There has been much said about the art of filmmaking and how it has evolved over the decades and one of its contemporary premium purveyors is David Fincher, whose unwavering attention to his craft has been met with choruses of praise and some of exhaustion. For Fincher, who started working on music videos before his big break with 1992’s ill-fated Alien 3, his art form is his life, soul, blood, sweat, and tears, and his meticulous attention to detail and careful crafting of every scene is legendary. Still, sometimes such obsessions can lead to problems. Just look at how Michael Cimino failed spectacularly with such an ethos with Heaven’s Gate: it almost closed the gates of United Artists in 1980, went 400% over budget, and saw the era of the auteur shudder to a halt, with the studios taking control.
Fincher, though, is built differently from Cimino or any other director as his techniques, compositions, editing, music, and shots are designed to be perfect, even if it means fifty takes. He is truly unique, as are his films, and The Killer, his latest collaboration with Netflix after 2020’s Mank, is very much a film designed for the filmmaker. In fact, it’s easy to see the appeal of not only adapting a brilliant comic book to the screen with his customary artistry, but the story of a precise, confident, unwavering hitman also echoes much of his directorial prowess and power, as well as the effects – and pressures – of a miss, rather than a hit, in the world of filmmaking as a whole.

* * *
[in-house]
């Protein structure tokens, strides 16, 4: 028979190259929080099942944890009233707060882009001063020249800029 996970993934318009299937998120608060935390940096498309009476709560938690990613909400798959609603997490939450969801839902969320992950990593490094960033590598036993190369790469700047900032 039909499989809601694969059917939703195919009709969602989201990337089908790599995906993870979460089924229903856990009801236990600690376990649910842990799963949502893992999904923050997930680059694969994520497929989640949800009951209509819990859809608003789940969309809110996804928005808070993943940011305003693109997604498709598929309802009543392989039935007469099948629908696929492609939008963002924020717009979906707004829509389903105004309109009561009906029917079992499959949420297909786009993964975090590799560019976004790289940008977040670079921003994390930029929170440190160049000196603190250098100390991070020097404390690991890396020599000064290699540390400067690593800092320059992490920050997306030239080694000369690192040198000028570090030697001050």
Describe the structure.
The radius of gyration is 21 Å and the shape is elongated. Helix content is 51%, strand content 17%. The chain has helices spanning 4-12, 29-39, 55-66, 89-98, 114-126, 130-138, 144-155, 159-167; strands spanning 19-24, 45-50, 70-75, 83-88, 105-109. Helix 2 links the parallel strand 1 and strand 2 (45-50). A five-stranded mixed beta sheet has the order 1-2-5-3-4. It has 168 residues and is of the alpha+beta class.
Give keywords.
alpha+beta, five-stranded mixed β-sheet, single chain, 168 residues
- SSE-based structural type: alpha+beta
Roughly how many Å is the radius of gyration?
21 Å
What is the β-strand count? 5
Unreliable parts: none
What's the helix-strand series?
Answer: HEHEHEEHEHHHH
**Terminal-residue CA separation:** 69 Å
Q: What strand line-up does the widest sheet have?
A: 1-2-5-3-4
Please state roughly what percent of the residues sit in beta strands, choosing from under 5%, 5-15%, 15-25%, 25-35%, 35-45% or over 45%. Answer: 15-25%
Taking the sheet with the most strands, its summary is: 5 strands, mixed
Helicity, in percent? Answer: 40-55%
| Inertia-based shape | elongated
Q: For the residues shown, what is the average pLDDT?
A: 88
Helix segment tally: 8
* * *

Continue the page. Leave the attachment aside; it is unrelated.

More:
Beginning in an empty, dilapidated Parisian building that shows the final resting place of a WeWork office, it begins intriguingly enough: Fassbender, with quiet, forceful authority, narrates his character’s techniques and tricks that make him the best in the business as he waits, patiently, before his target finally emerges and he clicks into gear almost like The Terminator as, without hesitation or pause, he assembles his weapon and begins his countdown. However, he misses for the first time and thus sets off a chain reaction that sees his secrets begin to bleed into his life outside of work. The hunter becomes the hunted until The Killer decides to take matters into his own hands.
But once the bullet lands in the wrong place, the film switches gear into a somewhat sub-par revenge thriller that, for all its artistic merits and Fincher’s usual panache, starts to unravel. Slowly, we get into “seen it all before” territory, re-treading similar paths from others in the genre so, for all its brilliance, nothing feels particularly original or inspiring. It’s impossible to say the film is bad, mind you: it looks phenomenal and Fassbender’s dynamic central turn showcases his exemplary talents that have been sorely missing from screens in recent years, while Trent Reznor and Atticus Ross once again prove brilliant foils for Fincher and Erik Messerschmidt’s cinematography (the two reuniting after Mank). And yet, something feels missing. It lacks a magic, bullet-like spark like that when a bullet gets fired, to really make it stand out amongst its numerous counterparts with Andrew Kevin Walker’s screenplay becoming rote and one-dimensional. While we know the destination, the journey to get there still feels somewhat tiresome and, strangely, uninspired.
2023 | Netflix | Thriller | In select cinemas October 27th, on Netflix November 10th | Dir: David Fincher | Michael Fassbender, Charles Parnell, Tilda Swinton, Arliss Howard, Sophie Charlotte